work with this option enabled. Disable CONFIG_4KSTACKS option, recompile and install kernel 

If you happen to see warnings at the end of "make" similar to the above, you can safely ignore them. This warning has not affected the functionality of the wireless card, at least for the PCI wireless card with the chipset revision shown above.

As discussed previously, I downloaded the Windows driver and religiously followed the instructions in the "Install Windows driver" section of the INSTALL file. After extracting the Windows driver to another directory, I went through the following steps:

[root@thinnai ndiswrapper-1.20]# ls ../ENLWI-G_Driver_Utility_98SE-ME-2000-XP/V1.10/DRIVER/Windows\ XP/
Mrv8000c.cat  Mrv8000c.inf  Mrv8000c.sys

[root@thinnai ndiswrapper-1.20]# cp ../ENLWI*/*{inf.sys} .		# Copy the drivers into the current dir

[root@thinnai ndiswrapper-1.20]# ndiswrapper -i Mrv8000c.inf	# Install them
Installing mrv8000c
Forcing parameter AdhocGMode|1 to AdhocGMode|0
Forcing parameter AdhocGMode|1 to AdhocGMode|0

[root@thinnai ndiswrapper-1.20]# ls /etc/ndiswrapper/			# Confirmed the installation
[root@thinnai ndiswrapper-1.20]# ls /etc/ndiswrapper/mrv8000c/
11AB:1FAA.5.conf  11AB:1FAB.5.conf  mrv8000c.inf  mrv8000c.sys
[root@thinnai lnx_data]# ndiswrapper -l
Installed drivers:
mrv8000c                driver installed, hardware present

The next step is to configure the wireless interface, scan for access points, and attach to one. Prior to these steps, though, I checked the version of wireless tools:

[root@thinnai ~]# rpm -qa | grep -i wireless

[root@thinnai ~]# iwconfig --version
iwconfig  Wireless-Tools version 28
          Compatible with Wireless Extension v11 to v19.

Kernel    Currently compiled with Wireless Extension v19.

wlan0     Recommend Wireless Extension v18 or later,
          Currently compiled with Wireless Extension v19.

Final Lap

After the confirmation, I wrapped the following commands up in a shell script to ease the wireless card driver installation and activation after every system boot (as a step forward, I could have re-written the script so that the wireless interface is activated from /etc/init.d):

echo "Activating wireless interface on your computer ..."
modprobe ndiswrapper
echo "===================================================================="
echo "Status of your ethernet interfaces ... "
echo "===================================================================="
echo "Activating the wireless interface ... "
/sbin/ifconfig wlan0 up
echo "===================================================================="
echo "Status of your wireless interfaces ... "
echo "===================================================================="
echo "Scanning your wireless networks, joining available n/w also ..."
iwlist wlan0 scan
/sbin/iwconfig wlan0 essid default
/sbin/iwconfig wlan0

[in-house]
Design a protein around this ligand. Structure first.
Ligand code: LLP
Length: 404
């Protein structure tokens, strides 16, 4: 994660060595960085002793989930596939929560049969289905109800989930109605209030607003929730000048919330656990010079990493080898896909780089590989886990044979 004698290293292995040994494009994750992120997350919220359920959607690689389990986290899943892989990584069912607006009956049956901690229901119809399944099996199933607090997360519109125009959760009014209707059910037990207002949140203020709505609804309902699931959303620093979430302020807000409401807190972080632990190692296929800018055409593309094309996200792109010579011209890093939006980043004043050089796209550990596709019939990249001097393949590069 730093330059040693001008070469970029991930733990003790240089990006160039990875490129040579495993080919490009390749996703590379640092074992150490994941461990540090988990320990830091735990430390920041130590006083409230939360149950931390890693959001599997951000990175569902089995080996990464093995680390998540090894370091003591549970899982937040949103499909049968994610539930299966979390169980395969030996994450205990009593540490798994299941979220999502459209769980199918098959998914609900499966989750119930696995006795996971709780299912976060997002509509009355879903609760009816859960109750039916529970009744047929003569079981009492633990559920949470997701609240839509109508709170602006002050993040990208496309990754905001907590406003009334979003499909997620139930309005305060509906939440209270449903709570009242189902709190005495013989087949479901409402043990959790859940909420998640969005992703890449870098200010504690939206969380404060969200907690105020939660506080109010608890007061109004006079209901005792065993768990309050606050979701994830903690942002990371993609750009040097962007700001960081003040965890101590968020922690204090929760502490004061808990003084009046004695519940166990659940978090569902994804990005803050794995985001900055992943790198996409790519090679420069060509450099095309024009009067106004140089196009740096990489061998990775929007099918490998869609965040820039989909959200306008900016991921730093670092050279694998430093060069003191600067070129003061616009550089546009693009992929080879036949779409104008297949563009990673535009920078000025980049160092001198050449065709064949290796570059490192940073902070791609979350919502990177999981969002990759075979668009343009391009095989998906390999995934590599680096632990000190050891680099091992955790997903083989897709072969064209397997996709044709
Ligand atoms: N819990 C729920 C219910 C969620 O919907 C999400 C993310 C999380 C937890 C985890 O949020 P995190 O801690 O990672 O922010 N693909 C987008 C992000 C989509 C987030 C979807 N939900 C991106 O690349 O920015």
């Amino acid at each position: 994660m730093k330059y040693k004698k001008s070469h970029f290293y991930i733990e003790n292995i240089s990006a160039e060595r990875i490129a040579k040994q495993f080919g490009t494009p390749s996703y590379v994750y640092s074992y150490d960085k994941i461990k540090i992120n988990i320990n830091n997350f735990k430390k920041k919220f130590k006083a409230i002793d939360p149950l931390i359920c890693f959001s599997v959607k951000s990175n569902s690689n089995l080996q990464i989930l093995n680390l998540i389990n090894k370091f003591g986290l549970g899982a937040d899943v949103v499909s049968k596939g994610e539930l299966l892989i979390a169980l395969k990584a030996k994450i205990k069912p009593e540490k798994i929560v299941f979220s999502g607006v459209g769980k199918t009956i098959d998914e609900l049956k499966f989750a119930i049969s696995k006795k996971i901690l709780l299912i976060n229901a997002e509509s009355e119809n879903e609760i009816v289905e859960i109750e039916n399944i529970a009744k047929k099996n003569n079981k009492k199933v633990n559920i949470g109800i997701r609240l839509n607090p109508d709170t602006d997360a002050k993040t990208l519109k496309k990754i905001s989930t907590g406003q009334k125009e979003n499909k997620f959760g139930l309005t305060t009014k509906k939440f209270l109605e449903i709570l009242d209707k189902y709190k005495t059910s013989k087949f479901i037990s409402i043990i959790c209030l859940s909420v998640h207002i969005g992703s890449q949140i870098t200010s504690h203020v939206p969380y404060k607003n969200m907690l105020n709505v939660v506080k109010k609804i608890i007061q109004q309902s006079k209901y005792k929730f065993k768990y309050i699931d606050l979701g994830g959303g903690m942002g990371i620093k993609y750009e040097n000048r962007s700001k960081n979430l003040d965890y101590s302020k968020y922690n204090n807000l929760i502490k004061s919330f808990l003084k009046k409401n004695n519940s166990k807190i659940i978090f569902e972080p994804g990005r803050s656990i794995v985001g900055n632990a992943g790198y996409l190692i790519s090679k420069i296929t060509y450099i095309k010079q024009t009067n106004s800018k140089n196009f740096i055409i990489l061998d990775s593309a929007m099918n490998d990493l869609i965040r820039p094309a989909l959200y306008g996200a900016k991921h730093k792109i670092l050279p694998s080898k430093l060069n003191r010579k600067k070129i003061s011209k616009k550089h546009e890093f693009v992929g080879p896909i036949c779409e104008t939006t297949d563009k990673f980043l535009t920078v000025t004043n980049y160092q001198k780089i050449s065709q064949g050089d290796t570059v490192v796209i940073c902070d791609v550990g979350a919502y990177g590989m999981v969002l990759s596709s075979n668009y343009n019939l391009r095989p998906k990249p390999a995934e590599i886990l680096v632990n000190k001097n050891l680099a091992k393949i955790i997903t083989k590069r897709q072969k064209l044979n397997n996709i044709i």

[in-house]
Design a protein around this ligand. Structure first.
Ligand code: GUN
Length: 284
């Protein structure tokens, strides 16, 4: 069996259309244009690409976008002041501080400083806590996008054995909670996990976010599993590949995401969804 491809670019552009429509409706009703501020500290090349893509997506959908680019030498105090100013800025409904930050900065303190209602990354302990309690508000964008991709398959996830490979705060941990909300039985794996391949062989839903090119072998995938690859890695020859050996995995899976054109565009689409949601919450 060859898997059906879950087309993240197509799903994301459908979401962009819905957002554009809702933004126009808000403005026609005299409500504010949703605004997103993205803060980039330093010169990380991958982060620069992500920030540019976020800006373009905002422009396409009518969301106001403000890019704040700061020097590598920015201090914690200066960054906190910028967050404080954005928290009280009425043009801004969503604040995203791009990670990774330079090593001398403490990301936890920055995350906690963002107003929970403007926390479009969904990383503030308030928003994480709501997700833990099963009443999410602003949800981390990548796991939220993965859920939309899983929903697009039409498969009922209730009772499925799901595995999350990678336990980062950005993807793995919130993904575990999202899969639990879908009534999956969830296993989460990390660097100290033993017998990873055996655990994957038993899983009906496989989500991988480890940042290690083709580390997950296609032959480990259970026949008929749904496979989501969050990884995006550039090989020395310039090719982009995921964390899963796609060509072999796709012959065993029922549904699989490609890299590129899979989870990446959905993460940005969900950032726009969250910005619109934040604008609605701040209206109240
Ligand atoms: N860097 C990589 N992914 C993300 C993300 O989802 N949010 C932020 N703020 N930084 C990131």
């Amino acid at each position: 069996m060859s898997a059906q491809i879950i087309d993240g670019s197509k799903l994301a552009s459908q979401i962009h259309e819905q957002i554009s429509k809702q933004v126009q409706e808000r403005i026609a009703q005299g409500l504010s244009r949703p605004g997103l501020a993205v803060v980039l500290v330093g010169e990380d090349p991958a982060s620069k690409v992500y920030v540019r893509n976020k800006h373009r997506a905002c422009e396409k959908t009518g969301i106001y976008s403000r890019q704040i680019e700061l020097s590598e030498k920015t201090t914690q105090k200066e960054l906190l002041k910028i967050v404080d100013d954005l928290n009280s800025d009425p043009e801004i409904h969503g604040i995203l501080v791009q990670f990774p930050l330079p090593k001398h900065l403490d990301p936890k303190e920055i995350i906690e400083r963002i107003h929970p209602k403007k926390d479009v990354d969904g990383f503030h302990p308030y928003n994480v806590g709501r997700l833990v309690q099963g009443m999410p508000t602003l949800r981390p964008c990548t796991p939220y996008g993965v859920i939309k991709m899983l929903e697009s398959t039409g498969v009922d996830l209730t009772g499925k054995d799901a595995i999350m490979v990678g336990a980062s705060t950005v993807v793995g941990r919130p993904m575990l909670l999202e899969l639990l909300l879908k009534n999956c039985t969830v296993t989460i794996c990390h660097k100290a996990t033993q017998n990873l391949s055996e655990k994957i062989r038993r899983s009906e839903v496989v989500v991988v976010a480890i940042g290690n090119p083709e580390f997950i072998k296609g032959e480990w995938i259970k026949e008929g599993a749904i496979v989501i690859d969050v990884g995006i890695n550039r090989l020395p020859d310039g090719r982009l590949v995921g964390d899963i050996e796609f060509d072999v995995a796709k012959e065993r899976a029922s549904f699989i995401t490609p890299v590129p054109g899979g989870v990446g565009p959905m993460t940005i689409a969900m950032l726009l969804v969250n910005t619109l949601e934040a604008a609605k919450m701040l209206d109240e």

echo "===================================================================="
echo "Acquiring IP address for the wireless interface ... "
dhclient wlan0

Below, I have listed the commands that I used to verify the status of the PCI wireless interface with ndiswrapper installed and activated. I did this via the "dhclient" command:

Acquiring IP address for the wireless interface ...
Internet Systems Consortium DHCP Client V3.0.3-RedHat
Listening on LPF/wlan0/00:1e:2a:35:2a:79
Sending on   LPF/wlan0/00:1e:2a:35:2a:79
Sending on   Socket/fallback
DHCPREQUEST on wlan0 to port 67
bound to -- renewal in 39 seconds.

Results of simple check to validate the connectivity:

[ram@thinnai ~]$ host linuxgazette.net
linuxgazette.net has address
linuxgazette.net mail is handled by 10 genetikayos.com.
[ram@thinnai ~]$ ping -c 5 www.eham.net
PING www.eham.net ( 56(84) bytes of data.
64 bytes from atlanta.eham.net ( icmp_seq=1 ttl=50 time=297 ms
64 bytes from atlanta.eham.net ( icmp_seq=2 ttl=50 time=298 ms
64 bytes from atlanta.eham.net ( icmp_seq=3 ttl=50 time=298 ms
64 bytes from atlanta.eham.net ( icmp_seq=4 ttl=50 time=298 ms
64 bytes from atlanta.eham.net ( icmp_seq=5 ttl=50 time=298 ms

--- www.eham.net ping statistics ---
5 packets transmitted, 5 received, 0% packet loss, time 3998ms
rtt min/avg/max/mdev = 297.142/298.288/298.837/0.617 ms


Patiently and carefully read through the wireless support URLs (listed in the Intro section of this article) prior to deciding which card to buy. If you have to set up and configure a PCI/USB wireless card in a GNU/Linux environment that isn't supported by madwifi, don't feel let down; ndiswrapper is there to help you out of the quagmire.

I would be happy to hear from the community if there are better and proven ways to set up and configure PCI wireless cards under GNU/Linux!

Talkback: Discuss this article with The Answer Gang

Bio picture

Ram works for an SOC test company in Chennai with the head office based in Boston. In his free time (when his daughter gets busy with her friends), he likes to spend time reading books on world history, solving crosswords, and, if possible, get his hands dirty with FOSS.

Copyright © 2008, Muthaiah Ramanathan. Released under the Open Publication License unless otherwise noted in the body of the article. Linux Gazette is not produced, sponsored, or endorsed by its prior host, SSC, Inc.

Published in Issue 152 of Linux Gazette, July 2008